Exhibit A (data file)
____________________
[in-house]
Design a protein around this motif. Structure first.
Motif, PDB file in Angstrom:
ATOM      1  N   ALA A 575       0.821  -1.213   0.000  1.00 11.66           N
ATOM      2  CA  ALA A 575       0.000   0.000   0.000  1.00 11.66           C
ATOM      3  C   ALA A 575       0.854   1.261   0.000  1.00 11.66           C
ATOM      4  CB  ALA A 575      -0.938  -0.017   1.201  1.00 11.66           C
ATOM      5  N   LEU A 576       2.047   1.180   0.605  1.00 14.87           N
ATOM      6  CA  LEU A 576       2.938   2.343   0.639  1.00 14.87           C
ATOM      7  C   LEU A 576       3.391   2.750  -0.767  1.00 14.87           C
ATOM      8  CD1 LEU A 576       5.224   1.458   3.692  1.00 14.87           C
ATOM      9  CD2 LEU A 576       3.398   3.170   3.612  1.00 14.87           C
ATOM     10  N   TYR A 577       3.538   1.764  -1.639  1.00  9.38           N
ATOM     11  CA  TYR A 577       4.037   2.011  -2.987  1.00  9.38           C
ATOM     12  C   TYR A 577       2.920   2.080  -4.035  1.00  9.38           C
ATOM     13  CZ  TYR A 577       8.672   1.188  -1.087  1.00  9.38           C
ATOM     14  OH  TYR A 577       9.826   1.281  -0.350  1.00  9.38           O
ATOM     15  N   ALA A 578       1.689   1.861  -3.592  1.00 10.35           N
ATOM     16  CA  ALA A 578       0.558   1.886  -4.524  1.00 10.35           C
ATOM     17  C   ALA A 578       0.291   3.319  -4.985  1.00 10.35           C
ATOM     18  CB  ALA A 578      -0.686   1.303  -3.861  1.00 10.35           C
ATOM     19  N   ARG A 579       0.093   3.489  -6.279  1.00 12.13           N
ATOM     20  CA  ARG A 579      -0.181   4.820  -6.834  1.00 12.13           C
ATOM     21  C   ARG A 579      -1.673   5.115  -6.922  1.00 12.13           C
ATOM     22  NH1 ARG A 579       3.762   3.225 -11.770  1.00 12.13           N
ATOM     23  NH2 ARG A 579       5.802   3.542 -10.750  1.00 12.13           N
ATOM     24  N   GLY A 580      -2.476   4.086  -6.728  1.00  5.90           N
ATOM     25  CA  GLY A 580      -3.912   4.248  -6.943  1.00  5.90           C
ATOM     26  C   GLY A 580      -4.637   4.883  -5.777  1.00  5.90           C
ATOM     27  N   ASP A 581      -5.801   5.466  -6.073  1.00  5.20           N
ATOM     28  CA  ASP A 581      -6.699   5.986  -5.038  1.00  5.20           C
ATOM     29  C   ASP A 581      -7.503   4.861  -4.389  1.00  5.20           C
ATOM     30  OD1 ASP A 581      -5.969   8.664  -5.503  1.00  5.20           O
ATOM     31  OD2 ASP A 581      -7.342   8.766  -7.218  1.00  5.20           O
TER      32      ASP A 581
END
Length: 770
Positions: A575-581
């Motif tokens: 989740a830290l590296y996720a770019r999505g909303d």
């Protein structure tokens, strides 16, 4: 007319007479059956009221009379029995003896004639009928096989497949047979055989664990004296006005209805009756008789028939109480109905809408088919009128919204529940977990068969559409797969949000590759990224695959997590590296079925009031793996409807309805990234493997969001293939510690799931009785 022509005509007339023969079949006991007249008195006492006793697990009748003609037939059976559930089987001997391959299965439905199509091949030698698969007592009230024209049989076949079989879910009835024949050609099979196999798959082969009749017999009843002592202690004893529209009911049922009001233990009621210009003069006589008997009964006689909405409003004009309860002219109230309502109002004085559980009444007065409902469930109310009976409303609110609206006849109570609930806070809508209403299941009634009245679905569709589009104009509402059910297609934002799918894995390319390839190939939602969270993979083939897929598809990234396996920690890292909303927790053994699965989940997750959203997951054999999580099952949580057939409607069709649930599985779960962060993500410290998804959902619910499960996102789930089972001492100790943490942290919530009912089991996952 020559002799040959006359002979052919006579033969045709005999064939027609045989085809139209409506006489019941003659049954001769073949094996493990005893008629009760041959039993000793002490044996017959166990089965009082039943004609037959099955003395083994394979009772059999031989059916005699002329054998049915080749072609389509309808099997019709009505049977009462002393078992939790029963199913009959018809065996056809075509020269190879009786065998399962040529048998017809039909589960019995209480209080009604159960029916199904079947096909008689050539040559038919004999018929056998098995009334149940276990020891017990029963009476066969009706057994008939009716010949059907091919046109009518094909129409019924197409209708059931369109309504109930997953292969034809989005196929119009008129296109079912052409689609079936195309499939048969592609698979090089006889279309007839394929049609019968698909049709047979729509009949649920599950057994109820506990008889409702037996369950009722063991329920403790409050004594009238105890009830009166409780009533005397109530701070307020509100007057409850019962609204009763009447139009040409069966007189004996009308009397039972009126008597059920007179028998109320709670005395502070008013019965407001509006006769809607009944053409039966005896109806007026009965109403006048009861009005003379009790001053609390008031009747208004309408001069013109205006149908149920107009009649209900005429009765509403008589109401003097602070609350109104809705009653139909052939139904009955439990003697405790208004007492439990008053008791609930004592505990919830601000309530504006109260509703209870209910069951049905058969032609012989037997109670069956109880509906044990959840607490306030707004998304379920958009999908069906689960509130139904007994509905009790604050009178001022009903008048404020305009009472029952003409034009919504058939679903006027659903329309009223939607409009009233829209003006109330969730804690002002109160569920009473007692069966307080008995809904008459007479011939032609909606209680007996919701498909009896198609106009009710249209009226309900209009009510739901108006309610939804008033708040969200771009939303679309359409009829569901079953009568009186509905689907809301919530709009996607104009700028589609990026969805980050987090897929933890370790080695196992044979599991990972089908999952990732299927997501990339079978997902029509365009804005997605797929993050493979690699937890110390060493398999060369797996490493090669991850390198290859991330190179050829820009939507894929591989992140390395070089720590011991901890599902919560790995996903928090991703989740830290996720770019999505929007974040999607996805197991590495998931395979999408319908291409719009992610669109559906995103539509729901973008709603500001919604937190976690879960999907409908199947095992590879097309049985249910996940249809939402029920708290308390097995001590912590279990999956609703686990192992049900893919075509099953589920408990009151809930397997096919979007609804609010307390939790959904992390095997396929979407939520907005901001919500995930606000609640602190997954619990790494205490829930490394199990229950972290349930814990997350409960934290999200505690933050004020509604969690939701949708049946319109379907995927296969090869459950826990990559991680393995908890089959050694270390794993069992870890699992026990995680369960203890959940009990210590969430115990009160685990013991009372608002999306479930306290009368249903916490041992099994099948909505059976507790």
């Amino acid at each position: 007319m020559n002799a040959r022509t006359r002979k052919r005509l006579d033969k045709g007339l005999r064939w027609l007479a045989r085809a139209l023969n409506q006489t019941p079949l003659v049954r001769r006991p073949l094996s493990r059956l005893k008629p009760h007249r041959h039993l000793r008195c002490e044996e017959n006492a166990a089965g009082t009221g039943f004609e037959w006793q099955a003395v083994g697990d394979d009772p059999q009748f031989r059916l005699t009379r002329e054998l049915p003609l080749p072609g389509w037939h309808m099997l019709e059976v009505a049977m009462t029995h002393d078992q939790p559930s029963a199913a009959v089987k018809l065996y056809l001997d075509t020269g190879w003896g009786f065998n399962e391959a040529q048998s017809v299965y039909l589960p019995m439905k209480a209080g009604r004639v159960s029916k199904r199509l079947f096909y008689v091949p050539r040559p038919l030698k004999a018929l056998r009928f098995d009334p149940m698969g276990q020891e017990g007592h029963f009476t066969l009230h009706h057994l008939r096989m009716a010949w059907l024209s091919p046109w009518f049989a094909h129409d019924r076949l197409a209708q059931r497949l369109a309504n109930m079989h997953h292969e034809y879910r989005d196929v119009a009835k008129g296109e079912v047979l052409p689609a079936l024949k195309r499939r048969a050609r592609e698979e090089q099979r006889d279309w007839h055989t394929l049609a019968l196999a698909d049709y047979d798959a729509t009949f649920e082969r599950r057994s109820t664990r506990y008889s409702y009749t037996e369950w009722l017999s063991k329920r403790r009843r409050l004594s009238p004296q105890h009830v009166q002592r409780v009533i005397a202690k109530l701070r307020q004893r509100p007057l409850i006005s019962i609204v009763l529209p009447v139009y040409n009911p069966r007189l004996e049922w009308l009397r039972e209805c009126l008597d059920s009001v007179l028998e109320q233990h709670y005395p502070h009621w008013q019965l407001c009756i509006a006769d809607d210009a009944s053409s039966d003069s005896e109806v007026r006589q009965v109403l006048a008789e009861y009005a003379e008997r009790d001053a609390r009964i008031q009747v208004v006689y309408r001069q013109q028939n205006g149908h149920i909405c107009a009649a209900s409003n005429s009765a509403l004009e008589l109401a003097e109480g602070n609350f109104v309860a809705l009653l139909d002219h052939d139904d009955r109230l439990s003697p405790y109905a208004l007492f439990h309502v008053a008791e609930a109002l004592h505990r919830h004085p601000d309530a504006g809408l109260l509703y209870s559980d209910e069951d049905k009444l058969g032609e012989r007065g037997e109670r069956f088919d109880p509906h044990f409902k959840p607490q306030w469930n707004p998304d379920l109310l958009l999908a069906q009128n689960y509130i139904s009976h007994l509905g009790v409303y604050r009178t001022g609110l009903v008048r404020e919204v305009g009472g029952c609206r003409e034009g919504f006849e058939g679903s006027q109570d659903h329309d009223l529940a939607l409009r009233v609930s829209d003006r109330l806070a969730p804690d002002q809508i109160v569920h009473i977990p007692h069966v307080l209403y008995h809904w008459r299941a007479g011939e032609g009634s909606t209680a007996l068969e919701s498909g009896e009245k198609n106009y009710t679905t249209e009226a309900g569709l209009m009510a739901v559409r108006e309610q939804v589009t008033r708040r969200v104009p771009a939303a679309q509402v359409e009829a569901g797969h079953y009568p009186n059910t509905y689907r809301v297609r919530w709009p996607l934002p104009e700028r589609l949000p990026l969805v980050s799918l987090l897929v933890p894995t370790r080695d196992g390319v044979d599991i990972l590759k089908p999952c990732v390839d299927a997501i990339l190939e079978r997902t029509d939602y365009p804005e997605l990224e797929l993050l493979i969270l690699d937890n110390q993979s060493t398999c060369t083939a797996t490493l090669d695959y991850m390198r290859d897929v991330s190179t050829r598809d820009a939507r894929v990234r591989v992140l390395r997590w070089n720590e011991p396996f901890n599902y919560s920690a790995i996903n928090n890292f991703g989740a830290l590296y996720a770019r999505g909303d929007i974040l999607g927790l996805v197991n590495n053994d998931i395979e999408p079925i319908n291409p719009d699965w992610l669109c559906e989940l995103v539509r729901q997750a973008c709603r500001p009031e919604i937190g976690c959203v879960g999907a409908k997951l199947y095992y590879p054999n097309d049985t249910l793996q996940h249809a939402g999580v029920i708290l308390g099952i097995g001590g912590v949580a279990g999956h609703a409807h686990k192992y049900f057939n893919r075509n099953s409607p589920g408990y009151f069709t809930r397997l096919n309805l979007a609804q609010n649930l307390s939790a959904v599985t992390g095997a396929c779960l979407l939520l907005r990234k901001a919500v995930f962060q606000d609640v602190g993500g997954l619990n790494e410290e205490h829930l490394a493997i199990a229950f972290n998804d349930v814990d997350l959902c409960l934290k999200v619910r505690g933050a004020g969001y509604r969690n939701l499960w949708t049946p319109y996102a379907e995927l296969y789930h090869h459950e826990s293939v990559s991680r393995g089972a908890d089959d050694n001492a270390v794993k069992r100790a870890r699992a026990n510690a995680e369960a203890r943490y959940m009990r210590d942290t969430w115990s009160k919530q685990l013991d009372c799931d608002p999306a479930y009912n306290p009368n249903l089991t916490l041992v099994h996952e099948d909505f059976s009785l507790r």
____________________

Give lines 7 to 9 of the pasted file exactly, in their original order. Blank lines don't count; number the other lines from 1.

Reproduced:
ATOM      4  CB  ALA A 575      -0.938  -0.017   1.201  1.00 11.66           C
ATOM      5  N   LEU A 576       2.047   1.180   0.605  1.00 14.87           N
ATOM      6  CA  LEU A 576       2.938   2.343   0.639  1.00 14.87           C